Tuesday 17 February - Saturday 21 March, 8pm

An East London Mikvah. Two bodies meet. Two worlds collide. A transformation begins.

Audience Feedback

@SofiaCalmi

“The show was breathtaking, literally and metaphorically! Thank you @YardTheatre #MikvahProject ”

@angelscompany

“Really recommend Mikvah Project at @YardTheatre. Gently-told love story with these sharp little unexpected moments. :)”

What the critics think…

“a beautifully nuanced show.”

“Every moment feels rich with meaning,”

Time Out

“Miller’s assured direction delivers maximum poignancy.”

The Stage

“exquisite live-mixed music, resulting in a soporific soundscape that beckons and beguiles.”

Gay Times

“For a touching and unique night at an exciting and edgy London fringe venue, put The Mikvah Project at the top of your list.”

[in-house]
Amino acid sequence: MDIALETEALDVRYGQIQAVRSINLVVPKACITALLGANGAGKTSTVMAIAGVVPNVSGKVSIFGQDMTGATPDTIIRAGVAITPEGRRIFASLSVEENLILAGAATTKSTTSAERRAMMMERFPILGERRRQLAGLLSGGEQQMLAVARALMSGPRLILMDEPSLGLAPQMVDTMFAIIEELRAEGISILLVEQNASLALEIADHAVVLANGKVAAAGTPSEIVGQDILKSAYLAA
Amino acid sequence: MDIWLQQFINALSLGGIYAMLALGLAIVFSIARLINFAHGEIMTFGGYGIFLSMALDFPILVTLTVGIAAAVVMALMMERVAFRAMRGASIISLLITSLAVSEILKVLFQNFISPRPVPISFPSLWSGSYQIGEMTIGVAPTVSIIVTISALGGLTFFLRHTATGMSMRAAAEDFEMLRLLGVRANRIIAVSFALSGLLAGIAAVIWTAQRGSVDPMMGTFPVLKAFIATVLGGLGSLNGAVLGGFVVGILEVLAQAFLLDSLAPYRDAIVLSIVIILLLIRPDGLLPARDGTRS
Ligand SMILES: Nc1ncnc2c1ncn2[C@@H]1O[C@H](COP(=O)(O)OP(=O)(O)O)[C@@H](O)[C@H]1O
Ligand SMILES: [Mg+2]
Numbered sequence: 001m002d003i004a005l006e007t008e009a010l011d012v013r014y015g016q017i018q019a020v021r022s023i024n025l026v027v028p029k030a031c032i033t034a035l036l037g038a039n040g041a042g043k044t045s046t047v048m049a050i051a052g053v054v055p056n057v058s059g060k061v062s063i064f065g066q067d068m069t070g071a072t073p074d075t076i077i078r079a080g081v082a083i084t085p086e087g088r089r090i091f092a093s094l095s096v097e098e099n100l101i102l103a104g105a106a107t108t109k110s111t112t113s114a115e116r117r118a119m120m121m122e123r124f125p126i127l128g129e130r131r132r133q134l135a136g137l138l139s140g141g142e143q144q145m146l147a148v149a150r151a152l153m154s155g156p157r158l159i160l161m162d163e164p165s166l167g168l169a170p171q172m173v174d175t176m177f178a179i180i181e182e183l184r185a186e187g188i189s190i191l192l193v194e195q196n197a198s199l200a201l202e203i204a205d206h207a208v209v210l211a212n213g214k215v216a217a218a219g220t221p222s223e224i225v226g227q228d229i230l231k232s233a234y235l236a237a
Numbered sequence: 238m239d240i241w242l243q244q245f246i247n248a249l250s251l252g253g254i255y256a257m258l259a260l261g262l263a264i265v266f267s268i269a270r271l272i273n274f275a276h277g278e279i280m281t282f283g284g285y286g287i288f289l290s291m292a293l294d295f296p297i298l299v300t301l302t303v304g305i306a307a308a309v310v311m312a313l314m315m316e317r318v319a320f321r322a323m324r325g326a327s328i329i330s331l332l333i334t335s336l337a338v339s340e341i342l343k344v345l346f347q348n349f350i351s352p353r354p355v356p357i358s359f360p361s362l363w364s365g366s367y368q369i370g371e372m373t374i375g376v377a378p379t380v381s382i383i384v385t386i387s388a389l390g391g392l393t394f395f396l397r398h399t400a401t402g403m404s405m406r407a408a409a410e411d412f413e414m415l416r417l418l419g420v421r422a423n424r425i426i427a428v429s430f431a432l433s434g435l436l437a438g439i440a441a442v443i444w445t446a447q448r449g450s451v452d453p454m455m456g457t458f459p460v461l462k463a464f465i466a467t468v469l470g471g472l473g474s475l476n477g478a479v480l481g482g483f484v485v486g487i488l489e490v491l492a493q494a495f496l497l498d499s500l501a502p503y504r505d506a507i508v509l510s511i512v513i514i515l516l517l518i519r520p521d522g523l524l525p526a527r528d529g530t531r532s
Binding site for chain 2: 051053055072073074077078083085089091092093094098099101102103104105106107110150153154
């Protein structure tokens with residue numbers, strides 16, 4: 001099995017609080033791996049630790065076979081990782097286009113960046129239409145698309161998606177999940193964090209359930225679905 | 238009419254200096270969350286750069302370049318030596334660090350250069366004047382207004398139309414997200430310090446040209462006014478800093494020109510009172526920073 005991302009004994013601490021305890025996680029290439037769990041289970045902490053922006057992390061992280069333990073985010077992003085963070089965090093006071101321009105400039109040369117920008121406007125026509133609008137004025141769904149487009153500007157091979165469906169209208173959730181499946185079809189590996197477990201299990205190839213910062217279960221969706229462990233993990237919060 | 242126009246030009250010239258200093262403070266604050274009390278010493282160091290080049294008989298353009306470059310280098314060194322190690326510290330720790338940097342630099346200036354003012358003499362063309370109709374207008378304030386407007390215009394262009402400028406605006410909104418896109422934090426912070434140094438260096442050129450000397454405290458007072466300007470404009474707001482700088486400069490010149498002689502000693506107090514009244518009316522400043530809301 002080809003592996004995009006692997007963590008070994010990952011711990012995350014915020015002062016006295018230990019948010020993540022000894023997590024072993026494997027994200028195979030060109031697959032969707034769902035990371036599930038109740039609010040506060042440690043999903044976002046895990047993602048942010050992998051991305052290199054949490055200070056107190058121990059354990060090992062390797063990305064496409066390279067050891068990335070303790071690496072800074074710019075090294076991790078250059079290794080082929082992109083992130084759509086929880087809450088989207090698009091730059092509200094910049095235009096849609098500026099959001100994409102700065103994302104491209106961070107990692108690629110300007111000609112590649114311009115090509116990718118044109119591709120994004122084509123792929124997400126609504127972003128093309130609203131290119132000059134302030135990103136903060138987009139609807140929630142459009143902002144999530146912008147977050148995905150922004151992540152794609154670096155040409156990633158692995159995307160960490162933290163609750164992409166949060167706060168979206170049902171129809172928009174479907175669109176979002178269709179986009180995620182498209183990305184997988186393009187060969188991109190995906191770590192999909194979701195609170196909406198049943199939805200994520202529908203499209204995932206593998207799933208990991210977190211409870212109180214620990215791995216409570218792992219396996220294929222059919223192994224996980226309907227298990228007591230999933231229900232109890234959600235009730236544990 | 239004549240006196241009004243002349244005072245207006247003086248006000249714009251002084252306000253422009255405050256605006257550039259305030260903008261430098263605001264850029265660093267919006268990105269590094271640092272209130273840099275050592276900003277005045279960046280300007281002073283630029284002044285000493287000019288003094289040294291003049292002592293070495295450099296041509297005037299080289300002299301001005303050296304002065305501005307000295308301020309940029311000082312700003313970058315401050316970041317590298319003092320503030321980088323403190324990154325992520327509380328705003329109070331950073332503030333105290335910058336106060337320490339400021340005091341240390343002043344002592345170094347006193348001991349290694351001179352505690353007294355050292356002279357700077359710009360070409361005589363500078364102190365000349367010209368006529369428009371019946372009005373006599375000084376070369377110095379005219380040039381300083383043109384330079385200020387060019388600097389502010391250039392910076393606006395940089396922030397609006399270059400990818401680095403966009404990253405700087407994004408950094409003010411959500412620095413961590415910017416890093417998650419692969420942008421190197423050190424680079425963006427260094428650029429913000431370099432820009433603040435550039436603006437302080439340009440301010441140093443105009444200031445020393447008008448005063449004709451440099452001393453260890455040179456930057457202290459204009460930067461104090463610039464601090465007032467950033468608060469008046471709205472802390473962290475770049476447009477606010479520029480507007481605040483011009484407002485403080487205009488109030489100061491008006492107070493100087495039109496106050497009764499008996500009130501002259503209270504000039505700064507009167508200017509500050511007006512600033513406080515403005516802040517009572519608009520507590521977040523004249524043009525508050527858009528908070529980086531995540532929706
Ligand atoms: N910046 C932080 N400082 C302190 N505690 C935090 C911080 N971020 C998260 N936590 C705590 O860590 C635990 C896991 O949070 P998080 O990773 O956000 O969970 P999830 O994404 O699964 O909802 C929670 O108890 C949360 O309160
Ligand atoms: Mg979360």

A Younger Theatre

“The Mikvah Project is funny, engaging, moving and thought-provoking. Featuring two highly talented actors and a one-of-a-kind set, this piece is an absolute must see.”

Everything Theatre

★★★★★ Everything Theatre ★★★★ Time Out ★★★★ The Stage

★★★★ Gay Times ★★★★ Theatre Bubble ★★★★ Exeunt

When Adam was banished from Eden, he sat in the river that flowed from the garden. Adam immersed in the water, in the very first Mikvah, repenting, begging to transform back to an original state of perfection.

Avi sings like an angel. He likes his job. He is childless.

Eitan’s voice is breaking. He is at college. He has wet dreams.

They both seek a change.

Every Friday they immerse in the holy water of the Mikvah, participating in a traditional Jewish ritual. They talk about football. They talk about their synagogue. They talk about women. And as their bond deepens a transformation begins.

With ancient rituals, live singing and an onstage Mikvah, Josh Azouz’s playful and poignant play explores the limits of love.

The Yard Theatre presents this new play directed by Artistic Director Jay Miller.

This work was carried out with the support of a grant from the European Association for Jewish Culture.

Our thanks also go to the Shoresh Charitable Trust.


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